At Replit we say we’re out to demolish gatekeepers. Learning to code helps people plug in to the fast-growing parts of the economy and we’ve helped millions of people do just that. Billions more to go.
Yet when it comes to hiring we are very much gatekeepers. Our interview process is geared toward finding good matches—people who will help us achieve our mission faster and better than we could without them. We have to very choosy because it’s hard to scale groups of humans. You can’t have an arbitrarily large group of people, with new people joining whenever they feel like, and expect it to accomplish much.
What’s tickling my brain this morning is that you can learn some of the skills you need to get a software job entirely on your own on YouTube and Replit. But there’s a limit.
Most companies work in the old world: develop on your own computer, push changes to centralized source control, deploy at the cadence your company can tolerate. Even we, who build as many internal tools as we can with Replit, spend most of our days developing locally and sharing our code in pull requests.
In the old world, you essentially have to learn on your own with feedback from more experienced folks. The program-ask-questions-submit-pull-request-get-feedback loop can take hours or days. You can (and should!) pair program, but that takes a lot of time from experienced engineers, time that companies treat as an investment or a tax.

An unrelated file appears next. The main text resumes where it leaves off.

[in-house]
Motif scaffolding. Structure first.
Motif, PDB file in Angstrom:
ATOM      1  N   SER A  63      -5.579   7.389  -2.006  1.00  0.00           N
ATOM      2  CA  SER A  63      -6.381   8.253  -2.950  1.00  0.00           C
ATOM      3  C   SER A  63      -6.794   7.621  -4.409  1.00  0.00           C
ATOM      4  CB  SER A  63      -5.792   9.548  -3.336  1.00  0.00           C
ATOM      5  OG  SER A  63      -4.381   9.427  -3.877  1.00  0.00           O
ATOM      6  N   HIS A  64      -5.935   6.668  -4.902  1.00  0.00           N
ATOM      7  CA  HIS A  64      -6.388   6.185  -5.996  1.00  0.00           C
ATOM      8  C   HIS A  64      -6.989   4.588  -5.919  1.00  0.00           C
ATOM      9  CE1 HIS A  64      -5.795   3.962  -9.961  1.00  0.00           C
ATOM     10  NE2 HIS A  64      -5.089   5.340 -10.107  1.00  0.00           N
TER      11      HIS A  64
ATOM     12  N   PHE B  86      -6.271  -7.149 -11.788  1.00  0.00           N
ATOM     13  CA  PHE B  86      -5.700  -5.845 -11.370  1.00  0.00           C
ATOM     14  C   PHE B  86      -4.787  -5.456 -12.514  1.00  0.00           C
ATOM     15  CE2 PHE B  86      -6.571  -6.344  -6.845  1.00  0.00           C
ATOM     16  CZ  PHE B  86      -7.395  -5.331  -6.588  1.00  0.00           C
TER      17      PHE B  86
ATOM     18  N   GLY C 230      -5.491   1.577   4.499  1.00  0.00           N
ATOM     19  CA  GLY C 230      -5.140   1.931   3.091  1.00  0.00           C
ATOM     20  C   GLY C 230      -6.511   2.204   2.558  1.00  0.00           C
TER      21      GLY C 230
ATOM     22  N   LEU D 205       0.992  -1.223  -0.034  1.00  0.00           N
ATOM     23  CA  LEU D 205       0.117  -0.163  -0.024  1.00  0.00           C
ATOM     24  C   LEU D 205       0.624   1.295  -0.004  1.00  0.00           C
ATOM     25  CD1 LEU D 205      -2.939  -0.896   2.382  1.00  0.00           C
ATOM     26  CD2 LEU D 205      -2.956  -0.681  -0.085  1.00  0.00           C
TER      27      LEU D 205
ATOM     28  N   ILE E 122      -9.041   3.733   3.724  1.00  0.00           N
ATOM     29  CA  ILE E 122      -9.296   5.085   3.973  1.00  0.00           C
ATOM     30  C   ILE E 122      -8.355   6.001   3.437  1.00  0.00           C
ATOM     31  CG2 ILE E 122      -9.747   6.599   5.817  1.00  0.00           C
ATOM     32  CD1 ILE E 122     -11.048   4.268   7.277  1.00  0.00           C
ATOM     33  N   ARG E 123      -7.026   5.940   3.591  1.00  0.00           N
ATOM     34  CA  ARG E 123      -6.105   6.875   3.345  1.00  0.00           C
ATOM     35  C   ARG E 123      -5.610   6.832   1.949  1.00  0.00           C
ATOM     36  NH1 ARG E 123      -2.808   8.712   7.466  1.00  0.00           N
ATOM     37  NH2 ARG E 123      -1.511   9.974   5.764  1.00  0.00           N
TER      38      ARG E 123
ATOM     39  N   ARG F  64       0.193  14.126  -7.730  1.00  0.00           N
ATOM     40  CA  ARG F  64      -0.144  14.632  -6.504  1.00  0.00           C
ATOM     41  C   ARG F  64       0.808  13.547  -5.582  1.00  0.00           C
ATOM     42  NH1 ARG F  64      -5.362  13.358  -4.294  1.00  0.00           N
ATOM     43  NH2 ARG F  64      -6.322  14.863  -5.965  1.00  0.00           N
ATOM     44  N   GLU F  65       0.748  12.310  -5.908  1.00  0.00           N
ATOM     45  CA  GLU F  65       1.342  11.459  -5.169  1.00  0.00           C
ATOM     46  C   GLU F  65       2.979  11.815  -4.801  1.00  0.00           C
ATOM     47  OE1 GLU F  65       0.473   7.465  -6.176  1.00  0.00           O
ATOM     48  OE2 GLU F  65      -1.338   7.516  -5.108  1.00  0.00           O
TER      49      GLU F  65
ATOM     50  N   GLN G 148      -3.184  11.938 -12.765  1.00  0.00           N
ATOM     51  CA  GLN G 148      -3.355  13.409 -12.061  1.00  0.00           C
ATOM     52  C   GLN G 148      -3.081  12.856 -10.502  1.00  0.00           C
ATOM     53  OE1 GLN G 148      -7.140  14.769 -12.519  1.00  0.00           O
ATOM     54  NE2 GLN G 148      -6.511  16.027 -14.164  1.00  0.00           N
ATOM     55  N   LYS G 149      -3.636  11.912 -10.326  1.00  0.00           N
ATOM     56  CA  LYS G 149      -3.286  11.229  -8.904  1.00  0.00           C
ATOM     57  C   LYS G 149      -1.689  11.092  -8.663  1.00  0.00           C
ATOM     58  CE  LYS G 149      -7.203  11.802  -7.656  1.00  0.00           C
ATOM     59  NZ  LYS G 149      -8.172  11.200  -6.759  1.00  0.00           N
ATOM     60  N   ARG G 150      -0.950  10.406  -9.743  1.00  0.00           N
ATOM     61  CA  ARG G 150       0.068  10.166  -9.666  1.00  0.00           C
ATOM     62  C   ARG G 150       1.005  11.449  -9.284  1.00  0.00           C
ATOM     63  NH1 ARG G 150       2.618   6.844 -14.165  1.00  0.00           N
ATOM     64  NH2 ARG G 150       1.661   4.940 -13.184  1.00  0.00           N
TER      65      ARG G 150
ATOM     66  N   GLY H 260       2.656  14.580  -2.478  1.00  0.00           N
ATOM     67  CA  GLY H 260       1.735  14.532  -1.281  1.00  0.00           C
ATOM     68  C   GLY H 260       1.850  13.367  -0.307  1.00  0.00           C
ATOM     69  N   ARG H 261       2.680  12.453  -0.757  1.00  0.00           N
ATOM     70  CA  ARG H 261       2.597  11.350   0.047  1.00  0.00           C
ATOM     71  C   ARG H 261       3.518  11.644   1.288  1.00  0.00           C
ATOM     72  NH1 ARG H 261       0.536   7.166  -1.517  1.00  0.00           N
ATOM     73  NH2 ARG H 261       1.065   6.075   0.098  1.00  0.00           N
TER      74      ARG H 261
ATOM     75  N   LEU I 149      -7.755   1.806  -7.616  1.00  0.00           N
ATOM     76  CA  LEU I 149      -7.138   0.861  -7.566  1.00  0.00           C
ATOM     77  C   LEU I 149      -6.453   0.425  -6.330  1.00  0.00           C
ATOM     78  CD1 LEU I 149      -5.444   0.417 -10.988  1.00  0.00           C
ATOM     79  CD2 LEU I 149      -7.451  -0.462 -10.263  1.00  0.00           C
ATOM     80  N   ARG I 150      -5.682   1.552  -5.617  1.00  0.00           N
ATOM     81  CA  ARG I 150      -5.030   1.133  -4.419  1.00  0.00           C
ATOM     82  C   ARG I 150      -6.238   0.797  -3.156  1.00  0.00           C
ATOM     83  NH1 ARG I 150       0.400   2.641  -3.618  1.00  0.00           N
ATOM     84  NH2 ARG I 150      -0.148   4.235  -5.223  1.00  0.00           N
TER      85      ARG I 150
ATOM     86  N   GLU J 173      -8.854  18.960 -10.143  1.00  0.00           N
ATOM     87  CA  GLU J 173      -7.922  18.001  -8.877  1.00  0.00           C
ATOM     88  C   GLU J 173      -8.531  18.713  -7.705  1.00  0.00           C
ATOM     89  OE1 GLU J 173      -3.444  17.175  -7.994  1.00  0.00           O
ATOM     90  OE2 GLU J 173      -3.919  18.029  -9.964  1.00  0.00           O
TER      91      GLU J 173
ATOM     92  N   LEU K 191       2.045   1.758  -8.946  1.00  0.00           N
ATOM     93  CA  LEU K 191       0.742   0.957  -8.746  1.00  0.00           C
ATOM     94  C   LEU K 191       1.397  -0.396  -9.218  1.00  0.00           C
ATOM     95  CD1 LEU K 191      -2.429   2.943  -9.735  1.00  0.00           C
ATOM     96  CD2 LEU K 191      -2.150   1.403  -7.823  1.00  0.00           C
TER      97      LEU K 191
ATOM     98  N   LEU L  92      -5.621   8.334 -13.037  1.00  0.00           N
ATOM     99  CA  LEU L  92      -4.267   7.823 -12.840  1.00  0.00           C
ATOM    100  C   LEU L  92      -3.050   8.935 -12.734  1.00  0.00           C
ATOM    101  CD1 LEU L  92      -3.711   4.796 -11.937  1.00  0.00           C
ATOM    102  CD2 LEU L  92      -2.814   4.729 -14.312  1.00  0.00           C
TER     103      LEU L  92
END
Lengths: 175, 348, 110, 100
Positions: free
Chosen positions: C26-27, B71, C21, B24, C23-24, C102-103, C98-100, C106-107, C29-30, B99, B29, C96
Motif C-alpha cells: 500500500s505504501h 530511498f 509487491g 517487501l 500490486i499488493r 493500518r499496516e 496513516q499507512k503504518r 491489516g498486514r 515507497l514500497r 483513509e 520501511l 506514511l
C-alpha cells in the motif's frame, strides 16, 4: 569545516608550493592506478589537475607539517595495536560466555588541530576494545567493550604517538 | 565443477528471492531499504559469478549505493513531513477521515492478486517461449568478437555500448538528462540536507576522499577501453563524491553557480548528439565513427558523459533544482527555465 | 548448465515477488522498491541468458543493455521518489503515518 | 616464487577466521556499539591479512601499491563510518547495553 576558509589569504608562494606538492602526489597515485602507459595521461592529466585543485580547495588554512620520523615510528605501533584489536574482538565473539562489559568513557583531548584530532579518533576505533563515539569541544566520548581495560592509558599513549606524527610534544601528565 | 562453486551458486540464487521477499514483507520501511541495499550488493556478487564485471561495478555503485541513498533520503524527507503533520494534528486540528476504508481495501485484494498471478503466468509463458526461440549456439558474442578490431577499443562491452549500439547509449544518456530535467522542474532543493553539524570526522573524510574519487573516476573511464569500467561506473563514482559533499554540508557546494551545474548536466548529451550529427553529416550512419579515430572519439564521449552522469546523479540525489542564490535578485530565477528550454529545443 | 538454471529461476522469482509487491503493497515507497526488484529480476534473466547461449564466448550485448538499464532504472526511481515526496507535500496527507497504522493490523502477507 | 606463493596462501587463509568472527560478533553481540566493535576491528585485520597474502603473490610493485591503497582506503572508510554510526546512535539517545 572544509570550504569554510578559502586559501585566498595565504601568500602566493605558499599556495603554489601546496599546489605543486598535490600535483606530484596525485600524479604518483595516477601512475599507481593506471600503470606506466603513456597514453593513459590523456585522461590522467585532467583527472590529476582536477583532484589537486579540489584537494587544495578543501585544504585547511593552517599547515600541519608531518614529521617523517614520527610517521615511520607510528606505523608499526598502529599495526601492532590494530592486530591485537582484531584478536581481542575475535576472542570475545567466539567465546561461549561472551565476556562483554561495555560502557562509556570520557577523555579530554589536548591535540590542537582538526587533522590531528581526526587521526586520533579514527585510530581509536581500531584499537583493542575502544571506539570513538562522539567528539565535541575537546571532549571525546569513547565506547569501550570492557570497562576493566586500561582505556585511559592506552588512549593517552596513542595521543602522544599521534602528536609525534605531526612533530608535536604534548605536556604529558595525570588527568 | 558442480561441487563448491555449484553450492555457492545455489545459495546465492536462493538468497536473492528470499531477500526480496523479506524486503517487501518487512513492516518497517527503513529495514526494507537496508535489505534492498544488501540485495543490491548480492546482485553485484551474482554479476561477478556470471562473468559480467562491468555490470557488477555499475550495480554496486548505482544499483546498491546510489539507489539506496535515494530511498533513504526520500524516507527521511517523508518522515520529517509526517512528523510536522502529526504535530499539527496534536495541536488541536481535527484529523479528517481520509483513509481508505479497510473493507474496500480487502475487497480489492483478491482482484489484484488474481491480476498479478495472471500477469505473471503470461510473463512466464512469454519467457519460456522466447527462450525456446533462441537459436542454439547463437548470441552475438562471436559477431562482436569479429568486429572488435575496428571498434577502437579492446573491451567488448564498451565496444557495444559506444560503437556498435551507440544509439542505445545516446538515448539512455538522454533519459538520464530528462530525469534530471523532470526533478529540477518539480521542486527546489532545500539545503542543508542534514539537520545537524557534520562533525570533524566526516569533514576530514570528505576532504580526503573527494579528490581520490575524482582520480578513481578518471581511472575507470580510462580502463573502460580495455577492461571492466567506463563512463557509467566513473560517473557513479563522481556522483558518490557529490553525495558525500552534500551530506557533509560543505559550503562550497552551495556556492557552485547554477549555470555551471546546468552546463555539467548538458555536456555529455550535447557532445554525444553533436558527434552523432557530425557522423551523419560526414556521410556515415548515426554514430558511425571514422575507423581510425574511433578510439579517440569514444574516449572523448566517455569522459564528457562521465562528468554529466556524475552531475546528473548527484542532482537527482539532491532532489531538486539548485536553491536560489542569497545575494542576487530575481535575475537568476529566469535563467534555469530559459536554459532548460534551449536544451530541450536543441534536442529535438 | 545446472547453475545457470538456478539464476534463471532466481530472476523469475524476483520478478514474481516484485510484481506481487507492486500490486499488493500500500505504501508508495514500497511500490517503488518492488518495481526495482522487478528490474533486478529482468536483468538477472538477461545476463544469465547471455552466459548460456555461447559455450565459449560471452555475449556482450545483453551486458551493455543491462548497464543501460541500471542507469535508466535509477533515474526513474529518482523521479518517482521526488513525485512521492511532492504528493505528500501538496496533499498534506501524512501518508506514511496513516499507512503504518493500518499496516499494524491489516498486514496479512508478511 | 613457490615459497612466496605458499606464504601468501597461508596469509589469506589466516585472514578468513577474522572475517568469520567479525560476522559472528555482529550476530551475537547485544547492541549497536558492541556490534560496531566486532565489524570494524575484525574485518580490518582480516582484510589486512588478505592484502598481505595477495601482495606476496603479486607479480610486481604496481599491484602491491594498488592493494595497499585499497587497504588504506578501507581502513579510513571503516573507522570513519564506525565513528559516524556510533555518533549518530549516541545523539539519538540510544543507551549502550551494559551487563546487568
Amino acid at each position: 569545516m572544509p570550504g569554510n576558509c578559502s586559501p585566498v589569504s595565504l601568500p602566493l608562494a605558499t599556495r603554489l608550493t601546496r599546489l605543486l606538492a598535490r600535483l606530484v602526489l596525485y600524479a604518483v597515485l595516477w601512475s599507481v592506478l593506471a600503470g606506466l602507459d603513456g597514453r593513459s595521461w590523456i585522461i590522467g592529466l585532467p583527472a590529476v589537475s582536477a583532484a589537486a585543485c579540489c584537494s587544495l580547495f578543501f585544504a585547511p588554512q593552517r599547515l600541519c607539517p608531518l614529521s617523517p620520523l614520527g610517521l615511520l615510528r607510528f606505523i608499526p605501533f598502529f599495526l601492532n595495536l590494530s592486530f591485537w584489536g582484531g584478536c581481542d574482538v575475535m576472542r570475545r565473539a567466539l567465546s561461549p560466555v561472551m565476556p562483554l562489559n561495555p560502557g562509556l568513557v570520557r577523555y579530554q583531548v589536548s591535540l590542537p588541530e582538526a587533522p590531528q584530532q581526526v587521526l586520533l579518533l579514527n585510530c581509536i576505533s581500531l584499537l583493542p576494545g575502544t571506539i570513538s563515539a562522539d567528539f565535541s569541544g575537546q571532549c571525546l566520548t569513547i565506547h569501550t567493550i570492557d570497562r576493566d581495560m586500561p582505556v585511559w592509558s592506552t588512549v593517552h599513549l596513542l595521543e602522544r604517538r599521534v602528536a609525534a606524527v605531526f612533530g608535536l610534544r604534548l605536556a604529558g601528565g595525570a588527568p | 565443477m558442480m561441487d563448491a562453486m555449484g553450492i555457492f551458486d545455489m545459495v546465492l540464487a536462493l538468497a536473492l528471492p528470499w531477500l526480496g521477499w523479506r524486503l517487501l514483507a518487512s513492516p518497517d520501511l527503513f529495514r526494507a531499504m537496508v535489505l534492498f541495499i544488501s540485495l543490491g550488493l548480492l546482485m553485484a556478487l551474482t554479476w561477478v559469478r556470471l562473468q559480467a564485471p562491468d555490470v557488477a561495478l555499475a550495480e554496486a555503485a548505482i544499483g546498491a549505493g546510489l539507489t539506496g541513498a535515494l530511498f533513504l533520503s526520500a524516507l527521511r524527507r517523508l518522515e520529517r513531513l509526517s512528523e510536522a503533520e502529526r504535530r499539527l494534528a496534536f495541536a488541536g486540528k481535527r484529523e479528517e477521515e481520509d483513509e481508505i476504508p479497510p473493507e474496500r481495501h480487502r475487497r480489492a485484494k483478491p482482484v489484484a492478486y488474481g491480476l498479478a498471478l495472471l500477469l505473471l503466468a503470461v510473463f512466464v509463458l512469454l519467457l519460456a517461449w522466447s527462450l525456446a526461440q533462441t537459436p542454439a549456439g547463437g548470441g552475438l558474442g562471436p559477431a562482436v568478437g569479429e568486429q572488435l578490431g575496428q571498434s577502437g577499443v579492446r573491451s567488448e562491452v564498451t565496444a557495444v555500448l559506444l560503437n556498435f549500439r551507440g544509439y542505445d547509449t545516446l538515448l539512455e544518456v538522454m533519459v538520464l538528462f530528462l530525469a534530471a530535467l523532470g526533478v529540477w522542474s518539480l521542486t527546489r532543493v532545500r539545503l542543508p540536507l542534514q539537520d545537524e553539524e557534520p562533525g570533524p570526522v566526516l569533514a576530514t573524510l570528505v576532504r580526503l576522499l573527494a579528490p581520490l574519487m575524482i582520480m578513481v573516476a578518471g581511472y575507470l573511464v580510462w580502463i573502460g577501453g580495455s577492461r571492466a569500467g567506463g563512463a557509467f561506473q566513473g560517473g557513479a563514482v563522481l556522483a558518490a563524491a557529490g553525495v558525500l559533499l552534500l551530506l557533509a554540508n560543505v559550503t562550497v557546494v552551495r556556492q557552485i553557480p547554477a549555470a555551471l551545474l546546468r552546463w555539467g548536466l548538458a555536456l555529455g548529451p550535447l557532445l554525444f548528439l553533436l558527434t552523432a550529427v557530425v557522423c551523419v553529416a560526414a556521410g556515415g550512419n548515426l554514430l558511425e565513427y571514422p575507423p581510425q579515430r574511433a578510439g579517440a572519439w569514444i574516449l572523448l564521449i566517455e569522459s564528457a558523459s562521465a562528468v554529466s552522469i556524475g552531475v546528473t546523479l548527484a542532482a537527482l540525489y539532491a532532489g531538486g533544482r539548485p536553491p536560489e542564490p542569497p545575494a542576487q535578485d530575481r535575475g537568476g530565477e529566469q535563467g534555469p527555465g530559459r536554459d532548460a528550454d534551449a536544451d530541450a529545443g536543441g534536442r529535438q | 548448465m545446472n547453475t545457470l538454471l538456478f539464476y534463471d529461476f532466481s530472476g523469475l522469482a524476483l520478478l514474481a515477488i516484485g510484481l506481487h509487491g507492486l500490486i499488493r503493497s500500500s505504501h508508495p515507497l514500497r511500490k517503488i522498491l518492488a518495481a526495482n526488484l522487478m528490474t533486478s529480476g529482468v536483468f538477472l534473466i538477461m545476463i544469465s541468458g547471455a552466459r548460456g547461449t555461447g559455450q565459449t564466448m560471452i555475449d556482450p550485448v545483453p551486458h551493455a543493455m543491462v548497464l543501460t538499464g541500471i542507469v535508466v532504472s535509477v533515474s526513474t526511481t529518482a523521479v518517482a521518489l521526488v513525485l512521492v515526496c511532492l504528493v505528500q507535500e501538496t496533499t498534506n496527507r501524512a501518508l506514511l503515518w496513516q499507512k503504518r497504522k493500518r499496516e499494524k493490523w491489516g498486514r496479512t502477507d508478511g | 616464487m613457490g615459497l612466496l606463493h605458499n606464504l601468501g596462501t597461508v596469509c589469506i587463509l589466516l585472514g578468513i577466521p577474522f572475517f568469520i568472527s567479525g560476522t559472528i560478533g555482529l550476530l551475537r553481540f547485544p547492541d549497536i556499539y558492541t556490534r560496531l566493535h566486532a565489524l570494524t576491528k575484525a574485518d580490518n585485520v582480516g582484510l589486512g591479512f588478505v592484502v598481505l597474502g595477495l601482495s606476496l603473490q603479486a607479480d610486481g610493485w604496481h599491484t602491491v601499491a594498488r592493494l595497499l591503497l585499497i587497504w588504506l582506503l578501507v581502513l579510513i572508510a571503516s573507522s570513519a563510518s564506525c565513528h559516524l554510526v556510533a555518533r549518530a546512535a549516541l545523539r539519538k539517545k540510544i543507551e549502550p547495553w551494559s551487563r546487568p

In the new world, people can pop into your repl, see the same exact running state as you do, and help unstick you in minutes.
In the new world, you can replay an experienced engineer profiling a system, or fixing a rare bug, or adding a new feature that touches multiple parts of the system. You can learn the hidden parts of the job on your own.
People ask us all the time if we build Replit on Replit. I’ve always interpreted that question as them asking how powerful the product is. That’s not the most interesting framing, though. Are we reaping all the social benefits of Replit ourselves? Are we building the product in such a way that newer folks can figure out what’s going on right away?
We’ve had one foot in the old world and one foot in the new for many years. That’s what it’s like to build a new way of building. We’ve treated placing both feet in the new world as a technical milestone, something that will happen when the time is right. It’s just a technical milestone, though. We should take the next step in order to raise the odds that someone outside the gates can make it inside, whether it’s at this company or another.